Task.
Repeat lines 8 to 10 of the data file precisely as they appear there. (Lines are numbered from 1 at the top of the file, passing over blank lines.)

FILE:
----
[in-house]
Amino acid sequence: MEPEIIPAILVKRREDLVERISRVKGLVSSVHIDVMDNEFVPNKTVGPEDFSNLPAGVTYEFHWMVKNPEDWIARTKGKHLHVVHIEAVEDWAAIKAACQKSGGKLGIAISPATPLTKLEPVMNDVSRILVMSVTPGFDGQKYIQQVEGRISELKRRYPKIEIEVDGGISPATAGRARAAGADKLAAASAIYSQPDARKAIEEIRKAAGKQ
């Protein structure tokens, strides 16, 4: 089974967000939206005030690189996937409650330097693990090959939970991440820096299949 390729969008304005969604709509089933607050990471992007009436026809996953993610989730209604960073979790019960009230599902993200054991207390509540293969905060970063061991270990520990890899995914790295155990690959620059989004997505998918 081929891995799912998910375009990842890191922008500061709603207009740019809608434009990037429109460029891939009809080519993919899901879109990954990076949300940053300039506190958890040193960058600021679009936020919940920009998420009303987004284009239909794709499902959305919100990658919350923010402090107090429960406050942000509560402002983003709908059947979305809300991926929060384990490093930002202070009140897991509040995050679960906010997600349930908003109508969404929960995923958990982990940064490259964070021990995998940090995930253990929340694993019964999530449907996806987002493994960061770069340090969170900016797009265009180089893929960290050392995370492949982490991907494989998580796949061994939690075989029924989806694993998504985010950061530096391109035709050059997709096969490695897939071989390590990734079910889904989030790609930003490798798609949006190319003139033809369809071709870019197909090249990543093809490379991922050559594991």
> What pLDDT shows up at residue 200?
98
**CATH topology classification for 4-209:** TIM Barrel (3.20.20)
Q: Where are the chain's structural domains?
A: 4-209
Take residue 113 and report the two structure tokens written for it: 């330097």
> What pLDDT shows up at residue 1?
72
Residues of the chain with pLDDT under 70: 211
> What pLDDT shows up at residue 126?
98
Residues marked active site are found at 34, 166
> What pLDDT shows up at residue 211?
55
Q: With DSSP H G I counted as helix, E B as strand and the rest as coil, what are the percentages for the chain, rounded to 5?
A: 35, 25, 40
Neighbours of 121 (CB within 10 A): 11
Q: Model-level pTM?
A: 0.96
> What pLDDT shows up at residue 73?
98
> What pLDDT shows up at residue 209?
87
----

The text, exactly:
A: 4-209
Take residue 113 and report the two structure tokens written for it: 């330097």
> What pLDDT shows up at residue 1?